fbpx

Hive Photo Walk: a communal photographic event

As part of HIVEArts’ Photo North collaboration, a Photo Walk event supported by the Ilford photo products company had been organised. Representives from the rejuvenated Polaroid company and the Analogue Wonderland retail company were also present. When I arrived at HIVE the team were preparing to tuck into a substantial breakfast.

People moved to the upstairs gallery space as the time for the presentations approached. There was time to look at the exhibition and generally fraternise before he event kicked off proper. Chatting to the woman from Ilford I mentioned that the last time I had printed a black and white photo was in 1996, whereupon she somewhat alarmingly said that was two years before she was born.

First up to present was teacher, photographer and camera repairer, Peggy Marsh, who ran through a range of topics including camera care, film types and filters, all based around using Ilford’s black and white materials, as you would expect. This was meant to be a talk for beginners, but I found it useful and I’ve been using black and white film for 40 years. People were rapt.

Next up was Mandy Left from Polaroid. I’d picked up that this company had gone bust, but not how it had been rescued. Back in the day, the epitome of studio professionalism was checking a studio lighting set up with a Polaroid back. Now this isn’t necessary in the world of digital, although clearly film has never died. I probably won’t use Polaroid because I’m wedded to my black and white film, but again there were interesting insights.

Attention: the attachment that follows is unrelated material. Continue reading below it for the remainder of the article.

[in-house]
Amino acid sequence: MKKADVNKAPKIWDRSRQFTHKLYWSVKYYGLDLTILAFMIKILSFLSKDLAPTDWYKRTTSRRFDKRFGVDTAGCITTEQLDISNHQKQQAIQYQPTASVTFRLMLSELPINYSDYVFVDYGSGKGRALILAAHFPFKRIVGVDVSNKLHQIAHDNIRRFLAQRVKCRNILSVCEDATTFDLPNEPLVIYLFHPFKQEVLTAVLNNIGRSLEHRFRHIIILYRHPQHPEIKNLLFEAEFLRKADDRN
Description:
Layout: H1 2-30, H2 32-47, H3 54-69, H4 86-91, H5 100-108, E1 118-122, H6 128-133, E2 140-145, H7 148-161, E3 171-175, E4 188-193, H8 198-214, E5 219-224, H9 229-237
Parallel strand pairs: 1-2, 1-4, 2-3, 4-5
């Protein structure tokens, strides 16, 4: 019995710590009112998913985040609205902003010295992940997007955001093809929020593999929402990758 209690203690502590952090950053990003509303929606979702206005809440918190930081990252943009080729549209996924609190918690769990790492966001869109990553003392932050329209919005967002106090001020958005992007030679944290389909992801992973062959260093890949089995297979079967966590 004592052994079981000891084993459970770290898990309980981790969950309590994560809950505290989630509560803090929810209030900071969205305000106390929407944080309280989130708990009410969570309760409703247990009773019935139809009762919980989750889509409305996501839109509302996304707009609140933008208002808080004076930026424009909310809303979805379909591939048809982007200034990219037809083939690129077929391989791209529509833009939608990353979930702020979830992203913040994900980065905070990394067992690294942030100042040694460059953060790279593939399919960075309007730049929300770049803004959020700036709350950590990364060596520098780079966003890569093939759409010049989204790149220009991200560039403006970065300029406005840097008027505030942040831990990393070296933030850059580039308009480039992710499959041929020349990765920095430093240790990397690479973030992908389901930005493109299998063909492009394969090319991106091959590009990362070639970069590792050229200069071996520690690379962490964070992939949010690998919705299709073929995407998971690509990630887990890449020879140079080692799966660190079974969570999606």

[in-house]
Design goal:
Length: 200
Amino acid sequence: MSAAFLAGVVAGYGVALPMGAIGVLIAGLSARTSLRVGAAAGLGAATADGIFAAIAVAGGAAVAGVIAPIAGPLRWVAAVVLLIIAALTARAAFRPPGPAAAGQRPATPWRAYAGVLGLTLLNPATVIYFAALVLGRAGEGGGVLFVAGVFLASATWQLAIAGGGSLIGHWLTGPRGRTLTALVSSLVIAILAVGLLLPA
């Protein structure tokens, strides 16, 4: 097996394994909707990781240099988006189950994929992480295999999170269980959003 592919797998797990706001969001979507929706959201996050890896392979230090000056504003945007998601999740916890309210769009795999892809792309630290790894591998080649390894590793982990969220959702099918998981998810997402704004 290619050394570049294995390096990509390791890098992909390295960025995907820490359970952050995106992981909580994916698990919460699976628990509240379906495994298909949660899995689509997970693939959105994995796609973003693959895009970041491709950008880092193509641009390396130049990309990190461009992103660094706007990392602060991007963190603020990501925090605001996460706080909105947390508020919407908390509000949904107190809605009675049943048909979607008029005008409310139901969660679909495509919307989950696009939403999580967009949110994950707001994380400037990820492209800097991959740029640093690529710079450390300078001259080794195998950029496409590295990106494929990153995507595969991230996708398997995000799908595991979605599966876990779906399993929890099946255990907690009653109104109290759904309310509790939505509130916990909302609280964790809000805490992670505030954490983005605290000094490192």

It was time to start the walk and pick up our goodie bags, which contained badges, lots of Ilford promo stickers and a nice book of black and white photos, which is now on my shelf. Crucially there was a free film to select from a wide range of products. I thought we might get presented with a film on a take it or leave it basis. Naturally, I went for my all time favourite – HP5 400 iso in 35mm. There were 120 medium format films, but I’d selected my 35mm Yashica rangefinder with its street photography friendly auto-exposure for this day.

I had thought that this was going to be a beginner’s exercise, but if this was so, some of those beginners had some spectacular equipment including Hasselblad, Bronica and Mamiya medium format cameras. One guy was at the other end of the scale with a pinhole camera, a very nice one.
We set off from HIVE down Church Street towards the sea front, dodging cars and trams to reach the North Pier. I had found myself waiting outside the cafe for quite a while and with a free film to play with, dispensed with five frames while I was stood.

The party trailed out somewhat but stayed quite impressively together considering. People were chatting away but pictures were still being taken. Some rain turned up to make things interesting. I wound my lens to f4 and hoped I would be left with enough depth of field – it’s a 45mm focal length lens so there is a fair amount of depth of field to play with. Always shooting through a yellow filter loses an f-stop, one of the reasons I generally shoot with a fast film, but that filter means you’ll rarely have a burnt out white sky.